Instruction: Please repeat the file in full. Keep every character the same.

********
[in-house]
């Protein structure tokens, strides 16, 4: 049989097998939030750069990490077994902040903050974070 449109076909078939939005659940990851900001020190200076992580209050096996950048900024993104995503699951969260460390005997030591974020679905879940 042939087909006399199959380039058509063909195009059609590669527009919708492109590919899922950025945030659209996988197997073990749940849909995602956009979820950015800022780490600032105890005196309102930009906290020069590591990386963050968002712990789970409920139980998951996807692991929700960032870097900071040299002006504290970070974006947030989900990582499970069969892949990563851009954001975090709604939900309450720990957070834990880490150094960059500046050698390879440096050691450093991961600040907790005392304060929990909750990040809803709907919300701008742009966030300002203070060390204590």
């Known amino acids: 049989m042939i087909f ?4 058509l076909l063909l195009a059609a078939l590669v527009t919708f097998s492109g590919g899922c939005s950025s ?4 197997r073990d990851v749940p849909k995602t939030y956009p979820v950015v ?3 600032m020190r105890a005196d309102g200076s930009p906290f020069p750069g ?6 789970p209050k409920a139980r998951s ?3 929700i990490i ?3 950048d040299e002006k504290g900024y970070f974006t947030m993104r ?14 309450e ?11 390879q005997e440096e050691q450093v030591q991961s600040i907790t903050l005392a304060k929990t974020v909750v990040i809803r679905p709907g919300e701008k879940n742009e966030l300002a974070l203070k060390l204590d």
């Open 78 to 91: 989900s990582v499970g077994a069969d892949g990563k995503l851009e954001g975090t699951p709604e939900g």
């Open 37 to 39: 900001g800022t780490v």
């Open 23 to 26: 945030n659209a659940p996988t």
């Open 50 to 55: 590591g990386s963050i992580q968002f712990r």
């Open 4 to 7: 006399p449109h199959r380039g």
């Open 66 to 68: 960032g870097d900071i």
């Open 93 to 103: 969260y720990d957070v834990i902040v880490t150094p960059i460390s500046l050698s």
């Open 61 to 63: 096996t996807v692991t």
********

[in-house]
């Protein structure tokens, strides 16, 4: 049989097998939030750069990490077994902040903050974070 449109076909078939939005659940990851900001020190200076992580209050096996950048900024993104995503699951969260460390005997030591974020679905879940 042939087909006399199959380039058509063909195009059609590669527009919708492109590919899922950025945030659209996988197997073990749940849909995602956009979820950015800022780490600032105890005196309102930009906290020069590591990386963050968002712990789970409920139980998951996807692991929700960032870097900071040299002006504290970070974006947030989900990582499970069969892949990563851009954001975090709604939900309450720990957070834990880490150094960059500046050698390879440096050691450093991961600040907790005392304060929990909750990040809803709907919300701008742009966030300002203070060390204590």
């Known amino acids: 049989m042939i087909f ?4 058509l076909l063909l195009a059609a078939l590669v527009t919708f097998s492109g590919g899922c939005s950025s ?4 197997r073990d990851v749940p849909k995602t939030y956009p979820v950015v ?3 600032m020190r105890a005196d309102g200076s930009p906290f020069p750069g ?6 789970p209050k409920a139980r998951s ?3 929700i990490i ?3 950048d040299e002006k504290g900024y970070f974006t947030m993104r ?14 309450e ?11 390879q005997e440096e050691q450093v030591q991961s600040i907790t903050l005392a304060k929990t974020v909750v990040i809803r679905p709907g919300e701008k879940n742009e966030l300002a974070l203070k060390l204590d």
């Open 78 to 91: 989900s990582v499970g077994a069969d892949g990563k995503l851009e954001g975090t699951p709604e939900g």
């Open 37 to 39: 900001g800022t780490v």
């Open 23 to 26: 945030n659209a659940p996988t």
């Open 50 to 55: 590591g990386s963050i992580q968002f712990r």
């Open 4 to 7: 006399p449109h199959r380039g």
């Open 66 to 68: 960032g870097d900071i």
């Open 93 to 103: 969260y720990d957070v834990i902040v880490t150094p960059i460390s500046l050698s």
């Open 61 to 63: 096996t996807v692991t």